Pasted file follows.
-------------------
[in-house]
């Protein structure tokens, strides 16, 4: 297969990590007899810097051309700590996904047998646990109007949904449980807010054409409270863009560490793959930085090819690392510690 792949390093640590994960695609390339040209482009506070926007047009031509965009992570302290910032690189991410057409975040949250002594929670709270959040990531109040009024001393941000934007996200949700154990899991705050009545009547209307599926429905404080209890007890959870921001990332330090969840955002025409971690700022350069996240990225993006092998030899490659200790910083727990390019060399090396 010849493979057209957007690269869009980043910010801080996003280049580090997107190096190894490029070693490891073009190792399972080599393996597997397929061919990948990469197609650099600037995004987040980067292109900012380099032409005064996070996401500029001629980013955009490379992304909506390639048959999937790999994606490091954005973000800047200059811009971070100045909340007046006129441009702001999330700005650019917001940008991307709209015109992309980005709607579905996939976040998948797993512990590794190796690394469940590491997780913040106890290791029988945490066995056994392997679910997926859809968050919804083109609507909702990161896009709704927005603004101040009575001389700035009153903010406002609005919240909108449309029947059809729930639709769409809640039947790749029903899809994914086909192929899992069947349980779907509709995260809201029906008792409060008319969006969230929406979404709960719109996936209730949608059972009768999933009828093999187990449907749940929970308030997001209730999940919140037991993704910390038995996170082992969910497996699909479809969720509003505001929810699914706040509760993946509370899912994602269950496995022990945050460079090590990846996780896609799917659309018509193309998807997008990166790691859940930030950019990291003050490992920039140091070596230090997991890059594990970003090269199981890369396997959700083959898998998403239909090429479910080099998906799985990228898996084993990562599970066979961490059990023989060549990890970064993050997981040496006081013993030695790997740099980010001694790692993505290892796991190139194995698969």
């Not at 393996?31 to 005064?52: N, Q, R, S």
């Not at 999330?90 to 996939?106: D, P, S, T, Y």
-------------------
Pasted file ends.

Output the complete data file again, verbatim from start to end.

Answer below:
[in-house]
């Protein structure tokens, strides 16, 4: 297969990590007899810097051309700590996904047998646990109007949904449980807010054409409270863009560490793959930085090819690392510690 792949390093640590994960695609390339040209482009506070926007047009031509965009992570302290910032690189991410057409975040949250002594929670709270959040990531109040009024001393941000934007996200949700154990899991705050009545009547209307599926429905404080209890007890959870921001990332330090969840955002025409971690700022350069996240990225993006092998030899490659200790910083727990390019060399090396 010849493979057209957007690269869009980043910010801080996003280049580090997107190096190894490029070693490891073009190792399972080599393996597997397929061919990948990469197609650099600037995004987040980067292109900012380099032409005064996070996401500029001629980013955009490379992304909506390639048959999937790999994606490091954005973000800047200059811009971070100045909340007046006129441009702001999330700005650019917001940008991307709209015109992309980005709607579905996939976040998948797993512990590794190796690394469940590491997780913040106890290791029988945490066995056994392997679910997926859809968050919804083109609507909702990161896009709704927005603004101040009575001389700035009153903010406002609005919240909108449309029947059809729930639709769409809640039947790749029903899809994914086909192929899992069947349980779907509709995260809201029906008792409060008319969006969230929406979404709960719109996936209730949608059972009768999933009828093999187990449907749940929970308030997001209730999940919140037991993704910390038995996170082992969910497996699909479809969720509003505001929810699914706040509760993946509370899912994602269950496995022990945050460079090590990846996780896609799917659309018509193309998807997008990166790691859940930030950019990291003050490992920039140091070596230090997991890059594990970003090269199981890369396997959700083959898998998403239909090429479910080099998906799985990228898996084993990562599970066979961490059990023989060549990890970064993050997981040496006081013993030695790997740099980010001694790692993505290892796991190139194995698969």
């Not at 393996?31 to 005064?52: N, Q, R, S």
């Not at 999330?90 to 996939?106: D, P, S, T, Y």